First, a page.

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Korean Journal of Otorhinolaryngology-Head and Neck Surgery > Volume 61(7); 2018 > Article
이개 연골의 점액 변성 2예


Myxoid degeneration (MD) in the cartilage results from the accumulation of hyaluronic acid in the stroma. However, it is rarely found in the auricular cartilage, with only one published report to date. This article describes two histologically confirmed cases of MD of the auricle that was excised with favorable aesthetic results. Two men presented with auricular masses, with no history of trauma or tumors in the auricle. Laterally protruding masses were located around the helix and antihelix, which were similar in appearance to the normal auricular cartilage. We made an aesthetic skin incision under local anesthesia, and carved the mass from the normal cartilage for pathological and cosmetic reasons. Both excised masses showed MD of the auricular cartilage. We report these two cases with a review of the literature.


The auricle can be deformed by inflammation, trauma, and neoplastic conditions. Pathologically, myxoid degeneration (MD) is a phenomenon that involves a loss of connective tissue; it affects soft tissues, including the heart valves, knee ligaments, and skin [1-5]. The pathophysiology and patient demographics of MD are poorly understood. Only one four-case series of MD of the auricle has been reported [5]. It is difficult to distinguish MD from other masses of the auricle based on a physical examination or needle aspiration due to its homogenous nature and hypertrophied cartilage lesion.
Recently, we experienced two cases of idiopathic MD of the auricle. In this case report, we present these two cases, which were managed successfully, with a literature review.


Case 1

While being evaluated for Cushing’s disease and diabetes, a 51-year-old man was referred to the Department of Otolaryngology to assess a palpable lesion in his right auricle that had been present for 6 months. The lesion was primarily located in the scaphoid fossa and extended to the antihelix (Fig. 1A). On palpation, it was hard, non-tender, measured 1.6×0.8 cm, and protruded from the normal auricle without edema. The overlying skin was smooth. The external auditory canal and tympanic membrane both appeared normal by otoscopy. There was no history of disease affecting his right auricle, including trauma or tumors. He had a history of social alcohol consumption and did not smoke. Although we attempted fine needle aspiration for cytology, no tissue was aspirated. On computed tomography, the lesion had the same density as auricular cartilage (Fig. 2).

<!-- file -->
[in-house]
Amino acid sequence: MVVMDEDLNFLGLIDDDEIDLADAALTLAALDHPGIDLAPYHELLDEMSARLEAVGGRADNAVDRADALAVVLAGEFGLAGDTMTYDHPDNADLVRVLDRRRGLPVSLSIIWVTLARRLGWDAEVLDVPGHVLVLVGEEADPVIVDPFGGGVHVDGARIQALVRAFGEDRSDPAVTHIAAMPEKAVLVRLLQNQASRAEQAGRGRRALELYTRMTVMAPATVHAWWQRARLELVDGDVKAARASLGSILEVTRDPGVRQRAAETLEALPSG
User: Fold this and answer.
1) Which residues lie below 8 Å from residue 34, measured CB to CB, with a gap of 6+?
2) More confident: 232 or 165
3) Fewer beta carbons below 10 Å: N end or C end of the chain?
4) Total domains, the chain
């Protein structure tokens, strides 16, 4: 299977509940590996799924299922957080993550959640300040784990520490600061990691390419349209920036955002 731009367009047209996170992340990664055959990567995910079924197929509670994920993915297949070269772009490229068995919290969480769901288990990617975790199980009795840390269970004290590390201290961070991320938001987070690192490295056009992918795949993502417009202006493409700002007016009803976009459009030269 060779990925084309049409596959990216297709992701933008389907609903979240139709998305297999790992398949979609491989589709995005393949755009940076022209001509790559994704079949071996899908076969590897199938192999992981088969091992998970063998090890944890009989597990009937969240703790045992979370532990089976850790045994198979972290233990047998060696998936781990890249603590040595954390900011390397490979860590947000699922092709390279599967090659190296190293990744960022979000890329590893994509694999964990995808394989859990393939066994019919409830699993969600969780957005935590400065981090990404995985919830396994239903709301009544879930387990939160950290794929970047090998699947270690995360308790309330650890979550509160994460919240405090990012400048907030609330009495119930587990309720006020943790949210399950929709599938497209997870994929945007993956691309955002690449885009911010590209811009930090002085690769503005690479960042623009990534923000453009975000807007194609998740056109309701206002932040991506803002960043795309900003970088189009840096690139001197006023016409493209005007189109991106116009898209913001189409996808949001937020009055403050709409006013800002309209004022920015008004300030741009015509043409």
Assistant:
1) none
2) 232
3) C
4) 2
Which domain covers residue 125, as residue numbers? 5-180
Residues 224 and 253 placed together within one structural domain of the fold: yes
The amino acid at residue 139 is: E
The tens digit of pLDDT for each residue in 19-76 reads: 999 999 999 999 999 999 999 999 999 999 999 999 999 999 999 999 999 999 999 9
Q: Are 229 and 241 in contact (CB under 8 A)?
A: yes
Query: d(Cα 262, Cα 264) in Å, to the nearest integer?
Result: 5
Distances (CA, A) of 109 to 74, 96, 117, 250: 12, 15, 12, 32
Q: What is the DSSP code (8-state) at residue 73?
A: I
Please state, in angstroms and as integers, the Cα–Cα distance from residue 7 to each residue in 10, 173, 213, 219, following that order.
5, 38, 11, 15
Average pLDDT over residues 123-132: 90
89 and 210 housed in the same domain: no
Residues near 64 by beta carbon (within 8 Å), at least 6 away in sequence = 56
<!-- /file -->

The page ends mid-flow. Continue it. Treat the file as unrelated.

Suspecting a benign tumor, surgery was planned to obtain a pathological diagnosis and to correct the deformity for aesthetic purposes. Local anesthesia was obtained with an injection of 2% xylocaine and 1:100000 epinephrine. After making a curvilinear incision along the anterior border of the helix, the skin was elevated and the auricular cartilage was exposed. Grossly, the lesion was almost identical to the surrounding normal cartilage. The upper end of the lesion was carved away with a no. 15 blade and extended inferiorly. Finally, the 1.5×0.8×0.3 cm lesion was removed totally and the remaining auricle appeared normal (Fig. 1B and C). The wound was closed primarily with 4/0 nylon. Pathologically, the specimen showed foci of MD with loosely arranged chondrocytes compared with normal cartilage (Fig. 3). There was no noticeable nuclear pleomorphism, mitotic figures, or necrosis (hematoxylin and eosin, ×200).

Case 2

A 79-year-old man presented to the outpatient clinic of the Department of Otolaryngology with a slowly growing mass lesion in his right auricle that had been present for 3 years. The right auricle showed a non-tender, hard, 2.0×1.5 cm mass with a smooth surface at the medial portion of the antihelix (Fig. 4). There was no specific finding on the otolaryngologic exam and no history of illness involving his right auricle, including trauma or tumors. He had a 25-pack-year history of cigarette smoking, but did not consume alcohol. Needle aspiration for cytology failed to aspirate tissue.